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Last night, we hosted our first-ever DIY Boston Night at Collaboratory for about a dozen ladies — including some of our favorite thrift shoppers and swappers. Which was totally fitting, because the main craft we were all making was a Nate Berkus for Target "copycat" using upcycled glassware from Goodwill and jute twine (inspired by this recent post from Design Improvised on And Then We Saved).
Nate Berkus for Target Hurricanes
I loved the nautical-industrial-earthy vibe of these pieces, but at $19.99 and $24.99 for just glassware and twine, there's no way I was biting. (Thanks to How to Be a Heroine for this great photo of the Nate Berkus for Target store display.)
Jute-wrapped Goodwill glassware
Aside from the lack of buttons, I think we came really close — nee even better, because this vase Tara made is covered in Mod Podge and glitter. The vase was about 50 cents at Goodwill Boston and the jute twine was $2.09 for an 81-yard roll at TAGS Hardware in Porter Square. As I mentioned to Patty from Goodwill during our crafting session, Mod Podge and glitter are like our Frank's Original:
"We put that sh*t on everything!"
Check out the step-by-step tutorial and more of the amazing variations each of our crafters created, putting their own unique stamp on each piece — over on DIY Boston today. No two were exactly the same, and that's the beauty of making it yourself! Celebrate individuality, celebrate imperfections.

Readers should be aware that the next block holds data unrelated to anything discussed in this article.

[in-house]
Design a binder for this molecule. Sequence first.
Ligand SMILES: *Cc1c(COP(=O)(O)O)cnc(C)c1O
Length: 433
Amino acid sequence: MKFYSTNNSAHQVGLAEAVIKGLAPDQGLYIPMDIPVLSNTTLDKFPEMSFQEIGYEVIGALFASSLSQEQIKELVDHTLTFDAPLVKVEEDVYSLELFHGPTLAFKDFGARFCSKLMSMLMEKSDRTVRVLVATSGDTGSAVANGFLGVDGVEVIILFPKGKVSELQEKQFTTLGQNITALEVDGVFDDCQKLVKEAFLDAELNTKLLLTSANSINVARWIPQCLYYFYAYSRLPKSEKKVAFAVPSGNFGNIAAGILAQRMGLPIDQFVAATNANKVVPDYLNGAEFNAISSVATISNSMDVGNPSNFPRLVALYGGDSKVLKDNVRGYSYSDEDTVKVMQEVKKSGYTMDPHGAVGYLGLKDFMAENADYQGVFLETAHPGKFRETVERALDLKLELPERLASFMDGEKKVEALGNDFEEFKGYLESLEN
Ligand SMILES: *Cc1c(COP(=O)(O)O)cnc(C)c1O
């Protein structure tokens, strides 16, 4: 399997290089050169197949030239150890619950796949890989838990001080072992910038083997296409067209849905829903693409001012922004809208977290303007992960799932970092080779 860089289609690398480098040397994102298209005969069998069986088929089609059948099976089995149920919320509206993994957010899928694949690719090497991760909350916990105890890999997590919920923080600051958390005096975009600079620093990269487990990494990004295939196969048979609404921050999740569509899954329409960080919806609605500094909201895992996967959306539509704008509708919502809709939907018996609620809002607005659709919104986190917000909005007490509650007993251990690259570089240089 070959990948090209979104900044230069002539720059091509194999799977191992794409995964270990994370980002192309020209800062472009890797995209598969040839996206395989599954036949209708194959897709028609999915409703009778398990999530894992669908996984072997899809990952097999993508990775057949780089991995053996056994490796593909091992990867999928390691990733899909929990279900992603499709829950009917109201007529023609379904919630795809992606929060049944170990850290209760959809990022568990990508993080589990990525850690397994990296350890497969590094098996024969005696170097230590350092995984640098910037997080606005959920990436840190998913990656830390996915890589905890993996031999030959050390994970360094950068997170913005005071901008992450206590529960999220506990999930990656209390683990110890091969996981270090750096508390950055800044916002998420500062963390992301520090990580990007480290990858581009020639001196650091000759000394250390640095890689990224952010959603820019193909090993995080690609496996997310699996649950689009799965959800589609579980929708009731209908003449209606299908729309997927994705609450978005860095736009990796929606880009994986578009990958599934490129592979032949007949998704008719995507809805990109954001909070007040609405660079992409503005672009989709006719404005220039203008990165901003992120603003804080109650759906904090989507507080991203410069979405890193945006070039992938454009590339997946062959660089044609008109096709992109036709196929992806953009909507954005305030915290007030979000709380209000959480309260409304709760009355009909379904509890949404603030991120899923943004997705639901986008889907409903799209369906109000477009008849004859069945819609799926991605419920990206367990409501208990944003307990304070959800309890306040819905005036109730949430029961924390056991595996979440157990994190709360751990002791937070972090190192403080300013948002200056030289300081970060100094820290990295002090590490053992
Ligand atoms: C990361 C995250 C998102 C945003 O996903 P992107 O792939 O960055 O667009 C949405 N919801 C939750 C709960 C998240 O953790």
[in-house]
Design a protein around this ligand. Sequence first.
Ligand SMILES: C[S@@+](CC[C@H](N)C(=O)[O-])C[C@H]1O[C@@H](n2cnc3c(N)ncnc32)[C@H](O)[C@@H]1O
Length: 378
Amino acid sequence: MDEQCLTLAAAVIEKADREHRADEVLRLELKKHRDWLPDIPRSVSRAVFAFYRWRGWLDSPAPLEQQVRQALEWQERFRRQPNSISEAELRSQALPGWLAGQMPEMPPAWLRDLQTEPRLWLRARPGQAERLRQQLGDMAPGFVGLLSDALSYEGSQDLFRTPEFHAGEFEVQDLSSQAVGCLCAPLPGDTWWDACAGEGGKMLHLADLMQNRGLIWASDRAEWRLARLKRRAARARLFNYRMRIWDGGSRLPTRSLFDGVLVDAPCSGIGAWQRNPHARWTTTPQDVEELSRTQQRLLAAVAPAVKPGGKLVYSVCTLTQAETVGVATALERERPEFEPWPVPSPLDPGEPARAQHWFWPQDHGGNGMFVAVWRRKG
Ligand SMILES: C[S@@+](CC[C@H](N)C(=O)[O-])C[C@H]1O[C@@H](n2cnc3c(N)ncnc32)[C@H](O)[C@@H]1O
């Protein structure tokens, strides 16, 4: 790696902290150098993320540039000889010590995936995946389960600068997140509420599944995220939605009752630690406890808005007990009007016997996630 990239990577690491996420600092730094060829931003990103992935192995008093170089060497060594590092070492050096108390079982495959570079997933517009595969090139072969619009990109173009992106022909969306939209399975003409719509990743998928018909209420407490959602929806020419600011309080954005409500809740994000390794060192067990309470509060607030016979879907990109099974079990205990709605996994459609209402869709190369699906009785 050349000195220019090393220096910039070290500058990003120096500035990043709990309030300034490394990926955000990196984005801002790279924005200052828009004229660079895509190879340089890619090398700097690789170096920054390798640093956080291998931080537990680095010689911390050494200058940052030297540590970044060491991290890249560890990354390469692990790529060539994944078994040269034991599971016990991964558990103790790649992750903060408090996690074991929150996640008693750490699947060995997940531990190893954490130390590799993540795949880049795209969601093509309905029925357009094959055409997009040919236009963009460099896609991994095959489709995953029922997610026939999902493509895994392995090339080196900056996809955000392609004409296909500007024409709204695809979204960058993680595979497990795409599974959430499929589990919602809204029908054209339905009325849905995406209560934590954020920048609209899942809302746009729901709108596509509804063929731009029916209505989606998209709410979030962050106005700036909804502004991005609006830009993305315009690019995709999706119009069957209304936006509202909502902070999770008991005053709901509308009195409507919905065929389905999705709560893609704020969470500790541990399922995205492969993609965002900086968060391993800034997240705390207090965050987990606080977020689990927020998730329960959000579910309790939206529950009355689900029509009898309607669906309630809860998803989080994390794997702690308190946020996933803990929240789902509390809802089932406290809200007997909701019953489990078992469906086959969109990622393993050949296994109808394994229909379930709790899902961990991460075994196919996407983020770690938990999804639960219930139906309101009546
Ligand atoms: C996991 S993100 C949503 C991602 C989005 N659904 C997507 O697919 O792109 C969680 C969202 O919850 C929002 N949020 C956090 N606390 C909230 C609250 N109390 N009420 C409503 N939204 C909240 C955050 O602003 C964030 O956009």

Iris Apfel Googly Eye Bangle
We also encouraged everyone to bring their own "PhDs" (Projects Half Done), so I finally got around to making this bracelet I collected materials for oh, about three years ago, after visiting the Iris Apfel exhibit at the Peabody Essex Museum. (Huge hat tip to my friend Jen Mason of Sew Frugal & Fashionable in DC for the term PhD. I'm obsessed!)
The original bracelet owned by Iris Apfel (top, left, in W Magazine — if you squint, you can see it on her left arm at the bottom) is a one of a kind piece made for her in the 70s, and the reproductions for her HSN line (bottom, left and right) weren't the same — plus they were about $50 each. Not happening!
DIY Googly Eye Bangle Bracelet
I picked up the googly eyes at SCORE Swap in Brooklyn almost four years ago, and the bangle bracelets came from Goodwill and garage sales shortly thereafter. They've all been sitting in a bag together at the back of my craft drawer ever since...until last night.
I would give you the instructions, but it was literally just glueing the googly eyes to the bangle one at a time using a glue gun, mixing the large, medium, and small size googly eyes in an attempt to cover the entire bracelet. What do you think? I had so much fun making it, and can't wait to wear it this weekend!
Story & photos: Copyright 2013, Shoestring LLC & Courtesy.